This is all about resources. Equality of opportunity was another argument advanced this afternoon. It is not equality of opportunity if you put all the resources into grammar schools so that the children who attend other schools do not get the benefit of the same amount of resources. If everyone got the benefit of all the resources that go to individual children in grammar schools, I am sure that all children would be doing very much better. That is what I want to see in education in this country. Indeed, I have been castigated by both sides of the House for wanting more money to be put into education. Adequate resources are the answer.

One argument that I found it very difficult to be comfortable with was that concerning rigged ballots. I am not absolutely certain that the Government have got it right. I believe that they are a bit muddled about where they propose to go on grammar schools. As someone who was a member of a local authority when the previous government said that if people did not take part in a ballot for the houses that they were living in to be transferred to another landlord they were voting "yes", I find the argument about ballots a little difficult to take.

I resisted the temptation to stand up and speak earlier because I knew that the noble Lord, Lord Baker, would quote John Stuart Mill at me. Indeed, he managed to do so even before I stood up to speak. I hope for everyone's sake that no one provokes him to stand up and do so again. However, I wanted to make those important points, which I believe may have got lost in the arguments. Comprehensive schools do work if they have the same resources that we have seen put into some of the best schools--namely, grammar schools, grant-maintained schools and a variety of others.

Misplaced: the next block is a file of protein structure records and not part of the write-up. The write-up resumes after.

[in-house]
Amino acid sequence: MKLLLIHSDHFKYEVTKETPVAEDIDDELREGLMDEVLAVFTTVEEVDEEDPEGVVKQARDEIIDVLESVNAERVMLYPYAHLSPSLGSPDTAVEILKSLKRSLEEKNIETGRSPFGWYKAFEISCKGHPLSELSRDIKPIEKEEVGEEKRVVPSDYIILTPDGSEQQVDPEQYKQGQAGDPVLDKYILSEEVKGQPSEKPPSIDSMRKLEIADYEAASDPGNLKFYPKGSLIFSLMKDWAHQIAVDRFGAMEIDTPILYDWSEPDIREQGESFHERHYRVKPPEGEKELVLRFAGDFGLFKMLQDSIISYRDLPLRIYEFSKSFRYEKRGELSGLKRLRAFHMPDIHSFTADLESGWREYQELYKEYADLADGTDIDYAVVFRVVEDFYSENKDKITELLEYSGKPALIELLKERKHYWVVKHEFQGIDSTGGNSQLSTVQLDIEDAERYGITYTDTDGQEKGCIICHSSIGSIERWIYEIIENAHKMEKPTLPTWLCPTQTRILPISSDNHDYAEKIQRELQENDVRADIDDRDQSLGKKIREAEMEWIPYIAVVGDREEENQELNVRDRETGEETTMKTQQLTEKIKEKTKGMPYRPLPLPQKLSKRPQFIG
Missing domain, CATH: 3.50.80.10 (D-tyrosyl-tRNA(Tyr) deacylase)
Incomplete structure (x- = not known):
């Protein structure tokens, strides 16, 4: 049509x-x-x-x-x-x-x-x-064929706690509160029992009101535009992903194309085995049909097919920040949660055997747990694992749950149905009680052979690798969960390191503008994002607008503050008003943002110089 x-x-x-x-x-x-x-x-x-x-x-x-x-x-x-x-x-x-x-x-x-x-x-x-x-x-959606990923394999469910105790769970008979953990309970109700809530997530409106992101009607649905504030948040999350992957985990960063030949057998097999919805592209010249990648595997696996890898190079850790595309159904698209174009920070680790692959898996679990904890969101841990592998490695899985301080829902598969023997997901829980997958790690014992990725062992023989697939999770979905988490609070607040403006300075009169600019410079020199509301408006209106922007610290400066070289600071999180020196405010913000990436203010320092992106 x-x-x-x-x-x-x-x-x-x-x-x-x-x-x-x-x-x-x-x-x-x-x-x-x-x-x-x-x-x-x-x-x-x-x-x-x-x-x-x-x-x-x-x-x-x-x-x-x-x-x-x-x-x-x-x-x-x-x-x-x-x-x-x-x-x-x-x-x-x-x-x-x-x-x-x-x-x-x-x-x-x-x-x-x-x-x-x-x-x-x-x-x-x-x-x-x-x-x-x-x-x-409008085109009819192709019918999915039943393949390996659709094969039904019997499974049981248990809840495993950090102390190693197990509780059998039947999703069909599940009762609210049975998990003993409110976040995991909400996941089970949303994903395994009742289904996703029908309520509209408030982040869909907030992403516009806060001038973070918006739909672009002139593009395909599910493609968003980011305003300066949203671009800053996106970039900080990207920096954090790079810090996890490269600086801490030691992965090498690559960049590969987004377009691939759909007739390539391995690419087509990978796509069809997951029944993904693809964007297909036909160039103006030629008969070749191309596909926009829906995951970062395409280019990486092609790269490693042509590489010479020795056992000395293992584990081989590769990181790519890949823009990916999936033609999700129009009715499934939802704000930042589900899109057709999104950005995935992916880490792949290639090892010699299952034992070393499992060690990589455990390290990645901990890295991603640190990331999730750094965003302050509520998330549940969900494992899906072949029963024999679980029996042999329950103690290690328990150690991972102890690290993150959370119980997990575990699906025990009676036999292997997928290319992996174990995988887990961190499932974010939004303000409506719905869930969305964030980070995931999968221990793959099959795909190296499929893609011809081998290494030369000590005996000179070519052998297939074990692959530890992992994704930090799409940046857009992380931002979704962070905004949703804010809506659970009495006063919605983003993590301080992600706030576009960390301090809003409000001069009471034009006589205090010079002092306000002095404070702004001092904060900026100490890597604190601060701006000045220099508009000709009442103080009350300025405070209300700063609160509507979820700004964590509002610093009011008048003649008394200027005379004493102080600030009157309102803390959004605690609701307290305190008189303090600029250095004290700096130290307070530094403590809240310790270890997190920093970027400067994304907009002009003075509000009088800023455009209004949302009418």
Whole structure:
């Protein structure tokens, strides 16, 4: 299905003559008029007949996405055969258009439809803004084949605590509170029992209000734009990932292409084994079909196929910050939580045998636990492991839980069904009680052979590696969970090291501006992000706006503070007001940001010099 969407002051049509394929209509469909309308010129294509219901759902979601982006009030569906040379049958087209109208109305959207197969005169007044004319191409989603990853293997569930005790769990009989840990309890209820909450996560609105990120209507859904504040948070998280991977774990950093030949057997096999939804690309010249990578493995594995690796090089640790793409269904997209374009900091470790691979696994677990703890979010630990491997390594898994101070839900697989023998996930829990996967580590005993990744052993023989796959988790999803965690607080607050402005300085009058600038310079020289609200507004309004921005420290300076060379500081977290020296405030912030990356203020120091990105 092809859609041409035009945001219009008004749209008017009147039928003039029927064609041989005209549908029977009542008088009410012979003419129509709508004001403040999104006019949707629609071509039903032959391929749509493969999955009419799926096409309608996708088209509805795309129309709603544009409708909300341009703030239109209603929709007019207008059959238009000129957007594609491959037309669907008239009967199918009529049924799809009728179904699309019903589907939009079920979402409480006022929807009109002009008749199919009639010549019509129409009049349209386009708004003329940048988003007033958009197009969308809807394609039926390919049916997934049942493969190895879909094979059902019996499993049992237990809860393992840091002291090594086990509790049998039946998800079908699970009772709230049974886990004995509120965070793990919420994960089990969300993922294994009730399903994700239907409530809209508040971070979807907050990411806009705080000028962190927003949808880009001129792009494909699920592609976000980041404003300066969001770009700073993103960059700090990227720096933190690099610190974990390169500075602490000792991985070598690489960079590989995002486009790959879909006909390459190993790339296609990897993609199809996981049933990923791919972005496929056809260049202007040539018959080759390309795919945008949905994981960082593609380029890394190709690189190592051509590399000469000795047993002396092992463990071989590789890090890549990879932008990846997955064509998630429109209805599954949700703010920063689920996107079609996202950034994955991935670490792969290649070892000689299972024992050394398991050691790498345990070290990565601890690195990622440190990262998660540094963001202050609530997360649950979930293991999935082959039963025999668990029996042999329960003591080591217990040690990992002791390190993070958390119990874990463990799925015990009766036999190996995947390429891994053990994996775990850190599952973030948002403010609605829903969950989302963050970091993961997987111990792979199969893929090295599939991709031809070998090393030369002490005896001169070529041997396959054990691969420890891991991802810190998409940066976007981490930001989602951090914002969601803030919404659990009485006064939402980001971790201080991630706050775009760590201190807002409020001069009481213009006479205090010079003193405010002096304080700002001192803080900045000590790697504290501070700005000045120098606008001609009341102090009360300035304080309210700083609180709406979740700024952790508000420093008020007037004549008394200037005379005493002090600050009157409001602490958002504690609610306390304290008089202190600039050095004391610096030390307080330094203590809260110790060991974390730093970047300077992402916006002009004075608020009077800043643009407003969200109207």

Lord McIntosh of Haringey: My Lords, as on the previous occasion when we discussed this issue, we have had a fair degree of rhetoric about what are rather mundane amendments. I do not object to that. I am as willing as anyone else to join in the arguments about comprehensive schools against grammar schools. I am as willing as anyone else to talk about selection by ability and to go back over the history of education in this country since the 1944 Act; or, indeed, earlier if anyone wishes to do so. However, I have an obligation to respond to the amendments, despite the tone of the debate, which I shall not be able to neglect.

However, I hope that I shall be forgiven for responding to the debate first. The gap between rhetoric and reality has seldom been so blatantly exposed as it has been during the course of the past 49 minutes. The noble Baroness, Lady Blatch, started by talking as if what we were doing here was somehow to undermine what Stephen Byers calls, "encouraging excellent schools". Nothing could be further from the truth.

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The truth of the matter is that we have done exactly what we said we would do before the election and have said, unceasingly, we will do since the election. I know that my noble friend, Lord Peston is unhappy about this, but we have not said that we would abolish all grammar schools; what we have said is that we will let local parents decide whether grammar schools should be abolished. If we are criticised for that and told by the noble Lord, Lord Baker, that that is shameful, then I would ask him to contrast his stance and that of the noble Baronesses Lady Knight, Lady Platt and others--namely, that they want to keep grammar schools at all costs--